This installment of iC2I will show you how to dump an iRule - including statistic information and the actual rule - to the command line. Our purpose in building this class is the same as the last few articles in the iC2I series - to show you how to get your hands on this information to use however your application sees fit.

There's not a lot to an iRule, actually, and since we're going to show what iRules a Virtual uses in the Virtual we wrote up earlier in the i2CI series, we did not write a routine here to list what other objects rely upon this iRule. That excercise was covered in a previous installment.

With that said, here is the code:


package iC2i;

import iControl.LocalLBRuleBindingStub;
import iControl.LocalLBRuleLocator;
import iControl.LocalLBRuleRuleDefinition;
import iControl.LocalLBRuleRuleStatistics;
import iControl.LocalLBRuleRuleStatisticEntry;
import iControl.CommonStatistic;
import iControlIntermediary.UsefulU64;
import iControl.CommonStatisticType;

public class BigIpRule extends BigIpBase {

    private LocalLBRuleBindingStub stub = null;
    public BigIpRule(String username, String password, String addressOrName) {
        super(username, password, addressOrName);
        try {
        } catch(Exception e) {
            System.out.println("Error connecting to Rule Interface: " + e.getLocalizedMessage());
    private void connect() throws Exception {
        stub = (LocalLBRuleBindingStub) new LocalLBRuleLocator().getLocalLBRulePort(new;

    public void dumpRule(String ruleName) throws Exception {
        // iControl expects an array of names, so give it one - with our rule name as the only element.
        String ruleNames[] = {ruleName};
        // Get the rule Definition from iControl.
        LocalLBRuleRuleDefinition defs[] = stub.query_rule(ruleNames);
        // Print the "core" information - the rule name as returne and the actual text of the rule.
        System.out.println("RULE: " + defs[0].getRule_name());
        System.out.println("Defined as: ");
        // Get the statistics for our rule name.
        LocalLBRuleRuleStatistics rs = stub.get_statistics(ruleNames);
        // Print the date that statistics were last updated.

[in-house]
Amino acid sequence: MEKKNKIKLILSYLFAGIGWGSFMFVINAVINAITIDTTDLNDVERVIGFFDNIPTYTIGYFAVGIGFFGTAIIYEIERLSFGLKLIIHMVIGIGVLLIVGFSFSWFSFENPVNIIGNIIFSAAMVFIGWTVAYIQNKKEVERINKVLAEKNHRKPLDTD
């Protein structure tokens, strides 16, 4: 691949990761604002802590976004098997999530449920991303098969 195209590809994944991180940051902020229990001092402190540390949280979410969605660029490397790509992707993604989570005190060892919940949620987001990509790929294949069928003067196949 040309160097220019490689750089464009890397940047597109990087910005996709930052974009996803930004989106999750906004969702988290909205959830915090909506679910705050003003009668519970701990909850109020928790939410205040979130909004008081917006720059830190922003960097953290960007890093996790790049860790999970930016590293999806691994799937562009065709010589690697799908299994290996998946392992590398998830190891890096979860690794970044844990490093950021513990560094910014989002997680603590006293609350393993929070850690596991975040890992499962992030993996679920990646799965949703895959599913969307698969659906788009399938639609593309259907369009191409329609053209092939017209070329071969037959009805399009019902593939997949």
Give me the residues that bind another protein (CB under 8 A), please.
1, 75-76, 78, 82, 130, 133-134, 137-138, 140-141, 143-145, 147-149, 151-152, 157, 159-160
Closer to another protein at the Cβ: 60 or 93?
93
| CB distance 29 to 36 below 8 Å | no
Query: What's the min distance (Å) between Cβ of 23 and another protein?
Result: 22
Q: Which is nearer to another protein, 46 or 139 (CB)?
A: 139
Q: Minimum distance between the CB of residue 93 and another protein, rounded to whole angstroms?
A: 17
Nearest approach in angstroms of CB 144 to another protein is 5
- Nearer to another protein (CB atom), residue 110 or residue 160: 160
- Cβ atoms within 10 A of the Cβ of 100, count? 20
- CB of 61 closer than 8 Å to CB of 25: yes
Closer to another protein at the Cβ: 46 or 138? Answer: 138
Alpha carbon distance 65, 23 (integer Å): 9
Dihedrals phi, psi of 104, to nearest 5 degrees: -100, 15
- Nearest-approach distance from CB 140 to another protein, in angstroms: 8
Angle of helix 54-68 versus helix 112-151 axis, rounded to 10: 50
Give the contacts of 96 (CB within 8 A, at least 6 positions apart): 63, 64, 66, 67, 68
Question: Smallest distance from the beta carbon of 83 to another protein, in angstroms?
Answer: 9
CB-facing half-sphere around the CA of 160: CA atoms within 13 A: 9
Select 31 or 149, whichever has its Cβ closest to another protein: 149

System.out.println("Statistics as of" );
        System.out.print(rs.getTime_stamp().getHour() + ":" + rs.getTime_stamp().getMinute() + ":" + rs.getTime_stamp().getSecond());
        System.out.println(" on " + rs.getTime_stamp().getMonth() + "/" + rs.getTime_stamp().getDay() + "/" + rs.getTime_stamp().getYear());
        // Traverse the statistics tree and print out relevant information.
        LocalLBRuleRuleStatisticEntry rse[] = rs.getStatistics();
        for(int i = 0; i < rse.length; i++) {
            // The rule name for a sanity check, the event this statistic is for, and the rule's priority
            System.out.println("For Rule: " + rse[i].getRule_name() + " Event: " + rse[i].getEvent_name() + " of priority " + rse[i].getPriority());
            CommonStatistic cStat[] = rse[i].getStatistics();
            for(int j = 0; j < cStat.length; j++ ) {
                // Now print out the Statistic name and the value it currently holds. Use UsefulU64 to generate
                // numbers that are in terms of Kilobytes and Megabytes because some statistics are rather large.
                CommonStatisticType type = cStat[j].getType();
                UsefulU64 value = new UsefulU64(cStat[j].getValue());
                System.out.println("\t" + type.toString() + "\t" + value.toString());



There really isn't too much tricky about this - getRule_definition() returns the actual text of the rule, and it can be a bit confusing that you have to call the get_statistics() interface of iControl, then call the getStatistics() method of the return value to get to useful statistics for a given rule, but not too confusing if you check the wiki information on get_statistics()  Or you can "just trust me" that this is how it works. I'd check the wiki if I were you.

We use the Useful64 class we defined in previous i2CI articles to translate the statistics data into data we can print. Part of that class converts large numbers into kilobyte and megabyte values, making the output more readable.

Other than that, there's nothing to the class, and you can just call the dumprule() routine directly from the main of any of the previous projects.

But having statistic data about your rules can be useful. While testing this class we discovered that one rule was not being accessed for some events, and we needed to get it straightened out. Good stuff in my opinion. Sure it's only a box we use for testing, but that's real data going through it, so the rules needed to be accessed correctly.